Former Afghan president Ashraf Ghani on Thursday described fleeing the Taliban’s victory march on Kabul, saying the decision had been taken in “minutes” and that he did not know he was leaving the country until he was taking off.
Ghani told BBC’s Radio 4 “Today” programme that on the morning of August 15, 2021, the day the Islamists took control of the capital and his own government fell apart, he had “no inkling” that it would be his last day in Afghanistan.
But by that afternoon security at the presidential palace had “collapsed,” he said.
“If I take a stand they will all be killed, and they were not capable of defending me,” Ghani said in the interview, conducted by former UK chief of defence staff, General Nick Carter.
His national security adviser, Hamdullah Mohib, was “literally terrified,” Ghani said. “He did not give me more than two minutes.”
He said his instructions had originally been to fly by helicopter to southeastern Khost city.
But Khost had fallen in the Islamists’ lightning offensive which saw provincial capitals topple around the country in the days ahead of the withdrawal of international forces, set for the end of August.
The eastern city of Jalalabad, on the border with Pakistan, had also fallen, he said.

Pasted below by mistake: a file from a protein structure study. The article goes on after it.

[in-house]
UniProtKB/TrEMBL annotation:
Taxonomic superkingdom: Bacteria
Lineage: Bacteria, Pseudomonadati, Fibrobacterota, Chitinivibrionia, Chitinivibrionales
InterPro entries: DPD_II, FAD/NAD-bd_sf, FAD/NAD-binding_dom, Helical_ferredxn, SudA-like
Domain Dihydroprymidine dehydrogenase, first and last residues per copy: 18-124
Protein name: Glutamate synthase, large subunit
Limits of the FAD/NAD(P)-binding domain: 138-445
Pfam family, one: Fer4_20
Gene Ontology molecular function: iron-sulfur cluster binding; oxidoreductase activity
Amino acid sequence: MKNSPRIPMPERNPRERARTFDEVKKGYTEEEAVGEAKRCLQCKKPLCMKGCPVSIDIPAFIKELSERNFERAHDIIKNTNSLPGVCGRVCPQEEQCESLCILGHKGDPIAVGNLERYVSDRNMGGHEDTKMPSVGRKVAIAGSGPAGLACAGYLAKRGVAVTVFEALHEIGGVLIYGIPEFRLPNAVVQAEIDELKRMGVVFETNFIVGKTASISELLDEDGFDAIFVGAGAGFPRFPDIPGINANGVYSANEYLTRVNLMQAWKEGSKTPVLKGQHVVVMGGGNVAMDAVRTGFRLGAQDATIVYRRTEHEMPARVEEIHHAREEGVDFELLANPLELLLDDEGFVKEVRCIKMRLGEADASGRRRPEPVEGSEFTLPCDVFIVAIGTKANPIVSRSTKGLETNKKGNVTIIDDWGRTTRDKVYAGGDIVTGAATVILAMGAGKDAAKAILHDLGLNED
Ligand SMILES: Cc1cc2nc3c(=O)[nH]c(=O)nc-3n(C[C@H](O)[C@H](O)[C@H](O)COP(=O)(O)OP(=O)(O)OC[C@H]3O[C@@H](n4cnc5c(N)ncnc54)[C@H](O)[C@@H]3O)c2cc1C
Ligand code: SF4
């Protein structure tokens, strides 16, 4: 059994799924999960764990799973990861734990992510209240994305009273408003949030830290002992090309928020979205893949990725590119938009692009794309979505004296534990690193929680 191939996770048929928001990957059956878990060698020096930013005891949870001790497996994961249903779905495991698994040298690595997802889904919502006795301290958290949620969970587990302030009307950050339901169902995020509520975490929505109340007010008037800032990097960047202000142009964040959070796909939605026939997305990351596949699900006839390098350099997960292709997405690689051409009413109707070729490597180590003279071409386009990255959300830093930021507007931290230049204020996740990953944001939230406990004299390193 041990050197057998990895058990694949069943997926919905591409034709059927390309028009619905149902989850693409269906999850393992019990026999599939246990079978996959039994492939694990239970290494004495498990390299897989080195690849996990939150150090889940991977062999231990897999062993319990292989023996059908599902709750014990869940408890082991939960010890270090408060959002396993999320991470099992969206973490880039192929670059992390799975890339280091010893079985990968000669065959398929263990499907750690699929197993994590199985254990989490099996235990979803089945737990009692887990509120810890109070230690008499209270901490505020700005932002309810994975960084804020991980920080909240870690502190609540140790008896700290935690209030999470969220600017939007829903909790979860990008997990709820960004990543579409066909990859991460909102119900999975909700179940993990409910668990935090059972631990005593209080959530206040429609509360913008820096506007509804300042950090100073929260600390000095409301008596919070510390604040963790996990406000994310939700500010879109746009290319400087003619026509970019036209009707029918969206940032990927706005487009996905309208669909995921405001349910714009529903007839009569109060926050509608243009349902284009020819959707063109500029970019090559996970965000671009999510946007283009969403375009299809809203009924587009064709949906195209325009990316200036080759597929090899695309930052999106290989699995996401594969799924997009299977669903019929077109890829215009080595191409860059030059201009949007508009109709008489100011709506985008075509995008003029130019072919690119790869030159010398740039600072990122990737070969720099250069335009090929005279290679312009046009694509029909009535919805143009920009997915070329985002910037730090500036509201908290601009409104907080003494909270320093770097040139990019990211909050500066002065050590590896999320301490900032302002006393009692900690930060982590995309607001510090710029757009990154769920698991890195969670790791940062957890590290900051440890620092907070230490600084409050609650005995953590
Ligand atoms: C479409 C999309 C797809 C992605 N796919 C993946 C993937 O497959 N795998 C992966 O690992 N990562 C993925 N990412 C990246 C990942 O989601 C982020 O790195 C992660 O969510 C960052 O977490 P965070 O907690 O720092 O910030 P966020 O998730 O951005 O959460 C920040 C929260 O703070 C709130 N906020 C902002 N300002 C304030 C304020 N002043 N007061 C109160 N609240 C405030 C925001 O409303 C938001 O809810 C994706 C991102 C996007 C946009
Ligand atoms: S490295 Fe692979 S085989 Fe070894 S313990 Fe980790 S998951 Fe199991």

“I did not know where we will go,” Ghani said.
“Only when we took off did it become clear that we were leaving.”
Ghani has been in the United Arab Emirates ever since.
He has been highly criticised in Afghanistan for leaving, with Afghans now trapped under the Taliban’s harsh rule accusing him of abandoning them and of taking millions of dollars in cash, a claim he “categorically” denied again on Thursday.
The former World Bank official has released several previous statements on his departure, admitting that he owed the Afghan people an explanation. Thursday was his first interview.
He said again that his first concern had been to prevent brutal street fighting in the capital, already packed with tens of thousands of refugees fleeing violence elsewhere in the country.
And he said his decision to leave was “the hardest thing”.
“I had to sacrifice myself in order to save Kabul and to expose the situation for what it is: a violent coup, not a political agreement.”
But even if he’d stayed, he said, he could not have changed the outcome, which has seen the Taliban establish their new regime as the country faces one of the worst humanitarian crises in history.
“Unfortunately I was painted in total black,” he said. “It became an American issue. Not an Afghan issue.”
“My life work has been destroyed, my values have been trampled on and I’ve been made a scapegoat,” he said.
Afghans had “rightly” blamed him, he said. “I completely understand that anger, because I share that anger.”